When there’s a squeeze for space in urban areas, what better way to maximise the space you have than to use the rooftops of buildings. These creative schemes make the most of building roofs while at the same time turning urban areas into creative playgrounds.
Lego roof, Photo by Iwan Baan
The rooftop of the Lego House – the new visitor centre for the Lego toy building bricks company in Billund, Denmark, designed by BIG architects, boasts a range of linked roof terraces and public playgrounds. The spaces were designed by Monstrum – the specialist architectural and artistic playground company founded in 2003 by Ole Barslund Nielsen and Christian Jensen who met while working as theatrical scenery designers.
Monstrum made nine playgrounds for the Lego House, each designed to fire the imagination about an imaginary journey to get there – via a hot air balloon, rocket or even by submarine?
Roof Kindergarten, Photo SAN
MAD architects has designed a beautiful and dynamic rooftop playground to surround the historic Chinese courtyard of the Courtyard Kindergarten in Beijing. The studio wanted to preserve the cultural heritage of the site – and three ancient trees that grow there, while at the same time creating new spaces to wrap around the original 18th-century buildings.
The school is on the site of a traditional siheyuan courtyard dating back to 1725. The new roof transforms the limited space between the various school buildings into a colourful, raised playground that will function as the main area for sports and outdoor activities.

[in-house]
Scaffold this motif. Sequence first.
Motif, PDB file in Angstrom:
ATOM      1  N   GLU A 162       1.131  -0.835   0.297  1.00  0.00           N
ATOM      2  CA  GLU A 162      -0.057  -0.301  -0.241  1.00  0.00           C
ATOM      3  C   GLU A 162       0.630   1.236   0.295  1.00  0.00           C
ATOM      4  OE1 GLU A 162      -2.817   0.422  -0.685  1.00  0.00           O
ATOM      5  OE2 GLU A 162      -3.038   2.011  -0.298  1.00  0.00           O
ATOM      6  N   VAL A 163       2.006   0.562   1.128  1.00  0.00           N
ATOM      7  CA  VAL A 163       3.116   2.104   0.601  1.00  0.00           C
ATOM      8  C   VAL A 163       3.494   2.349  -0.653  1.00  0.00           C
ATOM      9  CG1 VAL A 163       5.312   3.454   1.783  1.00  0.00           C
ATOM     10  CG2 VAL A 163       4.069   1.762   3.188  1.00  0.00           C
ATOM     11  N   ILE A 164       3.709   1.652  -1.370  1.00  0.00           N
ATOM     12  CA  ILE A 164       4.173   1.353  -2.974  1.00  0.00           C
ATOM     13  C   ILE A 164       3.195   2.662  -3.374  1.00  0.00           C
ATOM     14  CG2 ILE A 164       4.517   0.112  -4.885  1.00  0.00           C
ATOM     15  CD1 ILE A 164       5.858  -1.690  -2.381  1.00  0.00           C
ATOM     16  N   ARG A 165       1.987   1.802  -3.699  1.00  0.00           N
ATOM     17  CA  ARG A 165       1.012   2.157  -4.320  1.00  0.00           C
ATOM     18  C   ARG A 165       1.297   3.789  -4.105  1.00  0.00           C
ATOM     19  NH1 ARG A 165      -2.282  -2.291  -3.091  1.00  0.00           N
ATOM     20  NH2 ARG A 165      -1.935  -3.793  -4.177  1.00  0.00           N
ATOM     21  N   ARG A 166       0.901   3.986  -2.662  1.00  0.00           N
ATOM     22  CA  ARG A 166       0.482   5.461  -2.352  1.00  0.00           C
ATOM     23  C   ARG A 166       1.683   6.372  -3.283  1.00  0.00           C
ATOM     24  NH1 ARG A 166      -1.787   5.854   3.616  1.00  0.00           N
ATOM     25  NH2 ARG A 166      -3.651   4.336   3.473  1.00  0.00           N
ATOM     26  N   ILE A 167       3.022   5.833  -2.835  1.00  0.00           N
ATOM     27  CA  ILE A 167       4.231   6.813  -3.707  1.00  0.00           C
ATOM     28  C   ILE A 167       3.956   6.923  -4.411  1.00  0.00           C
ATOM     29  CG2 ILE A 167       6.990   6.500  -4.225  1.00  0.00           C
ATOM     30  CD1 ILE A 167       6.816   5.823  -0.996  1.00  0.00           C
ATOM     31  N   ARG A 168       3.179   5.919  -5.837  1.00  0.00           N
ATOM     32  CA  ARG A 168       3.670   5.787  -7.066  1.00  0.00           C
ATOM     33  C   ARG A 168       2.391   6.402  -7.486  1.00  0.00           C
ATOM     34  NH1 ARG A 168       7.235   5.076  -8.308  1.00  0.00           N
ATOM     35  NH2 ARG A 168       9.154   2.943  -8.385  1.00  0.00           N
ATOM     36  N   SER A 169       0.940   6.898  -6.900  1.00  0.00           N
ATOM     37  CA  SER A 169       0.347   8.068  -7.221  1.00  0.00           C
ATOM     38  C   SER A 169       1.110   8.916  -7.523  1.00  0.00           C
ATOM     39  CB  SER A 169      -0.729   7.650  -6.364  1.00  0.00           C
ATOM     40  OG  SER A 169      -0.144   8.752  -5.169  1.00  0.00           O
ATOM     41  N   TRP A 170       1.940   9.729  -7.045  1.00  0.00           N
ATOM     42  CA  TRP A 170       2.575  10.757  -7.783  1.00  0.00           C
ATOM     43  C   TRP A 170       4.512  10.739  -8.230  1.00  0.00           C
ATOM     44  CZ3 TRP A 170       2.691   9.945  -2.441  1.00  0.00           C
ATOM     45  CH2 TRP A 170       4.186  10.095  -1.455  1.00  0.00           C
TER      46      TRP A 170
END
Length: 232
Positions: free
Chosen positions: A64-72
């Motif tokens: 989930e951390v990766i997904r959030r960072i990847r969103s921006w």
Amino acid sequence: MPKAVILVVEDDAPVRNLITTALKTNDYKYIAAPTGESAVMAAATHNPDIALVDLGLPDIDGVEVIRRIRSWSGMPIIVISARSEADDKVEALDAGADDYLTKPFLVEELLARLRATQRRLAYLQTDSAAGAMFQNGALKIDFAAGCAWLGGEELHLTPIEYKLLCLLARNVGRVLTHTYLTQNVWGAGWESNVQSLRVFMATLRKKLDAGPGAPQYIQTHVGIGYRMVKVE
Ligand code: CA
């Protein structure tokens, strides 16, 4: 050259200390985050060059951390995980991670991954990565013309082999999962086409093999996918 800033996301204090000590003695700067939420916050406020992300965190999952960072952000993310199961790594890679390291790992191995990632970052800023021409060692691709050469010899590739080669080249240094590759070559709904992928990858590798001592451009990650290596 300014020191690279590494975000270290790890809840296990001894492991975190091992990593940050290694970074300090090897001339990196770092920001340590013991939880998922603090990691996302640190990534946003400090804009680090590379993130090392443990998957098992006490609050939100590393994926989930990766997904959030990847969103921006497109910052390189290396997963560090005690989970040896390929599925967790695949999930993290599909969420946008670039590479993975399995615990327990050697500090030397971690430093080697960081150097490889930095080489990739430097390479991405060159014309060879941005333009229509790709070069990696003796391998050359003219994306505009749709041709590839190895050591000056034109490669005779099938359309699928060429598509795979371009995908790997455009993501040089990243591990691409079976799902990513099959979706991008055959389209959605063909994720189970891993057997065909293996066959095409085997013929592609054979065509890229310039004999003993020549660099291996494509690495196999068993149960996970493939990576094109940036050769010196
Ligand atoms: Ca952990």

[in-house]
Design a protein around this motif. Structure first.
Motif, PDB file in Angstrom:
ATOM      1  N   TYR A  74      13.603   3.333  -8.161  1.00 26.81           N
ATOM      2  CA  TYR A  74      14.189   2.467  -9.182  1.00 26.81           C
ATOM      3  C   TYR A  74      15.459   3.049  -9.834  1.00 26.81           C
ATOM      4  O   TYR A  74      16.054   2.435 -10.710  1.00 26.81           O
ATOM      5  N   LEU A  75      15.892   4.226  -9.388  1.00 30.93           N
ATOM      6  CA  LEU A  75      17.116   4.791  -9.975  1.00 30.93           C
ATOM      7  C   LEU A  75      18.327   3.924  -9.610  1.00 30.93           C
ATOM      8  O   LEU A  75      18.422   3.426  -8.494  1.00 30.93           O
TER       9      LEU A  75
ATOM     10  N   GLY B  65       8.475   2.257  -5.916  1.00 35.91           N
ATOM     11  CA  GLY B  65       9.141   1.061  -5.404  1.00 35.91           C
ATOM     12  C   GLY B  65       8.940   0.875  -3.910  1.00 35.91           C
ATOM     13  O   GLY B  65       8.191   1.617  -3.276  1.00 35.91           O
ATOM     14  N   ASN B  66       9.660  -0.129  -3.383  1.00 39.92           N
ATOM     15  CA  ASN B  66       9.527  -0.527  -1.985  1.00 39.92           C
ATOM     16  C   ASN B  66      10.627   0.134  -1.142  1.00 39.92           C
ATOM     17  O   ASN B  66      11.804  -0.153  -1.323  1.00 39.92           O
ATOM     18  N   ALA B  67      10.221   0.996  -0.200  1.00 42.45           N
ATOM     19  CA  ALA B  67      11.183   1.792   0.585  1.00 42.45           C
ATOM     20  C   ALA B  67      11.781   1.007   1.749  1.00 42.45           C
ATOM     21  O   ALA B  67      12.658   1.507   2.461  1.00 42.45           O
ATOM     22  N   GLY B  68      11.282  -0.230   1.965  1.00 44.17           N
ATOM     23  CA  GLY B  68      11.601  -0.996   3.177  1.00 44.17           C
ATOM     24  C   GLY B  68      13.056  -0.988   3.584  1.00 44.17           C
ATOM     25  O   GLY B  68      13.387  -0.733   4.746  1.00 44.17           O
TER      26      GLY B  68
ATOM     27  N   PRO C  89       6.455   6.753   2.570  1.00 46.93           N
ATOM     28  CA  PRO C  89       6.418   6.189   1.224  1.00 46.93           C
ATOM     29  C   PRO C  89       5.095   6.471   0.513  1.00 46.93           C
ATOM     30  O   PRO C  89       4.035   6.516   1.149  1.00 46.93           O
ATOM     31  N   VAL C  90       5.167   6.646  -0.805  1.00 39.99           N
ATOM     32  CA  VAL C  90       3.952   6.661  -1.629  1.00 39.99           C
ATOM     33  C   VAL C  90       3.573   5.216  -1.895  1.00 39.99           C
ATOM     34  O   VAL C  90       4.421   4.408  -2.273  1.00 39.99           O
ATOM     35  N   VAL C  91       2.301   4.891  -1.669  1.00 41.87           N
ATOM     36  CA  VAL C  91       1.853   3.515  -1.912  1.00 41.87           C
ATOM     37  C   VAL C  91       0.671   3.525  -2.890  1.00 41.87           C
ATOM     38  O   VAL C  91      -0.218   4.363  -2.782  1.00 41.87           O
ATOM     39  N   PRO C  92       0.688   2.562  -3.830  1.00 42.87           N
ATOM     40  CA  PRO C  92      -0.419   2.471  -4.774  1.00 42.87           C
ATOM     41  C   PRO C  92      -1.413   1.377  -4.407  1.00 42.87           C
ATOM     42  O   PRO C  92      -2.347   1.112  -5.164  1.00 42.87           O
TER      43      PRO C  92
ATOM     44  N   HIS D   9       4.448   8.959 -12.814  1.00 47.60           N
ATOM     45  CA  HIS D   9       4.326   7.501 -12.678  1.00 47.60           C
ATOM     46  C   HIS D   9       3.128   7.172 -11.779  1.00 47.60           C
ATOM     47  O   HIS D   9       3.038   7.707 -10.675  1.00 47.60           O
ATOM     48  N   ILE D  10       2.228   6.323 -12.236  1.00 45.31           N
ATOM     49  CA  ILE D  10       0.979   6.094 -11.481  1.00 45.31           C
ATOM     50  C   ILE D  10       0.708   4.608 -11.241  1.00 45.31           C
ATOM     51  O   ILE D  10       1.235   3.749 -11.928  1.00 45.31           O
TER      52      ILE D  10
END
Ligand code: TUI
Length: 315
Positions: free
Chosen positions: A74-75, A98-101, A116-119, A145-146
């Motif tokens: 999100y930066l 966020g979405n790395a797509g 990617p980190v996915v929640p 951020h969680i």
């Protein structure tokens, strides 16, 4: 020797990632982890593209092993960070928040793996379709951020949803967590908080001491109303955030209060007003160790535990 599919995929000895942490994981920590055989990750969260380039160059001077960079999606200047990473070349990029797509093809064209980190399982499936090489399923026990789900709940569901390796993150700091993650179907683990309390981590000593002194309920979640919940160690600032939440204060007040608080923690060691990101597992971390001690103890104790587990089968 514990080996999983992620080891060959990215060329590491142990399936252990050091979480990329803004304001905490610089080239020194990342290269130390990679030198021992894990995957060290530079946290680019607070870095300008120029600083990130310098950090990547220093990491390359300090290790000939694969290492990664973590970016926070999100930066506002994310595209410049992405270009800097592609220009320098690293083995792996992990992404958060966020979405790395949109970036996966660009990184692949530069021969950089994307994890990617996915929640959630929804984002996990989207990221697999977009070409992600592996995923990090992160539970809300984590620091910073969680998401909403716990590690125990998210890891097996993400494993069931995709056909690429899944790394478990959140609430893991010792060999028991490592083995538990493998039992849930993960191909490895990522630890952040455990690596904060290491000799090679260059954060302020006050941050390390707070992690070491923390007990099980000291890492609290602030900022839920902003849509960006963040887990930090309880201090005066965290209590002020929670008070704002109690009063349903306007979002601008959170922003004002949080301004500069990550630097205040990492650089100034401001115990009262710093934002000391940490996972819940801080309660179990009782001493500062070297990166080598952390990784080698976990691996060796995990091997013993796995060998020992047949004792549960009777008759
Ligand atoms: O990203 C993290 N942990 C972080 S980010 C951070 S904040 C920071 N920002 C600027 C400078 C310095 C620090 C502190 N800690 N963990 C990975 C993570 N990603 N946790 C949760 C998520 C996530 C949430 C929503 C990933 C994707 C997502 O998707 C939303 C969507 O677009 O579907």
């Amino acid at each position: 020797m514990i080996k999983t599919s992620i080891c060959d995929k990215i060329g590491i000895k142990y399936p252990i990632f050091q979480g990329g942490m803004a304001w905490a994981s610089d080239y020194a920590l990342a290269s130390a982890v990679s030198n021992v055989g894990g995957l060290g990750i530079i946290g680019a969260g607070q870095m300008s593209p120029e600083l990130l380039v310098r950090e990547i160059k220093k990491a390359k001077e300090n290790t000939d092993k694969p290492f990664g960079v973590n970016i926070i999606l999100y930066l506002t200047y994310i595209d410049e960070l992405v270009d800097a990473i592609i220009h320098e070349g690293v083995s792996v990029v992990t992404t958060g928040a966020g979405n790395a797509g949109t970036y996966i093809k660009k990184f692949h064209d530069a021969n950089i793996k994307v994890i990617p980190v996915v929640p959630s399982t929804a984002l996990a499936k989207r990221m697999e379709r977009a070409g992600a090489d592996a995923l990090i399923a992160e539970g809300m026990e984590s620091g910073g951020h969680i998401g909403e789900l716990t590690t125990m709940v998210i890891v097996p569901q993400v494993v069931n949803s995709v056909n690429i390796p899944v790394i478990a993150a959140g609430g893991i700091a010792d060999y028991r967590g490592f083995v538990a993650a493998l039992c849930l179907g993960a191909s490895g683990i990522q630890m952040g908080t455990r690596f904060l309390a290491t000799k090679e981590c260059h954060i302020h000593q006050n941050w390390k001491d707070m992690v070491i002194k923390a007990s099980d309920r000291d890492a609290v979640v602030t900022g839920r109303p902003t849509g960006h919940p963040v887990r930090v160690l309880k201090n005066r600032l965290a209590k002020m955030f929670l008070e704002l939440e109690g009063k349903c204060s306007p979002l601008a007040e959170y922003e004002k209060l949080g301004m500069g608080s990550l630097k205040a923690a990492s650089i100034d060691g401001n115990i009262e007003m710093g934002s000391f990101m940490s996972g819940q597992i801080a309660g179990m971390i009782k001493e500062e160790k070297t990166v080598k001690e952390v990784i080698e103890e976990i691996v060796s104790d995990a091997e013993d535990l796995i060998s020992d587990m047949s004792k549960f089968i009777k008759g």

Underneath the playground are open-plan areas including teaching spaces, a library, a small theatre and a gymnasium. The Courtyard Kindergarten will be completed in 2019.
Rooftop Playground by Michael Fuchs Gallery
The Rooftop Playground is the new private exhibition space in Berlin, Germany opened this year by the Michael Fuchs Galerie in a former Jewish Girls’ School. It is set to host year-round exhibitions including interactive and playful works of art and can also be rented for private as well as public events.
The project came about after Michael Fuchs secured a 30-year lease on the school in 2011. He and his wife, Constance Breton have refurbished the run-down building into a central hub for art, gastronomy and culture. Fuchs and Breton commissioned 10 artists to create oversized, interactive pieces for their unique playground and the final product is “a portal into a fantasy world, created for children, that can still be enjoyed by adults”. The works are a bold mix of playful structures: Mexican artist Gabriel Rico created a quirky, über-German sausage swing and a large bone-shaped slide. Children’s book author and artist Tomi Ungerer produced a large, zebra-striped Trojan horse, while Leiko Ikemura’s statuesque rabbit-teepee and Olivia Berckemeyer’s Mickey Mouse can be hidden beneath, climbed and become animated at night.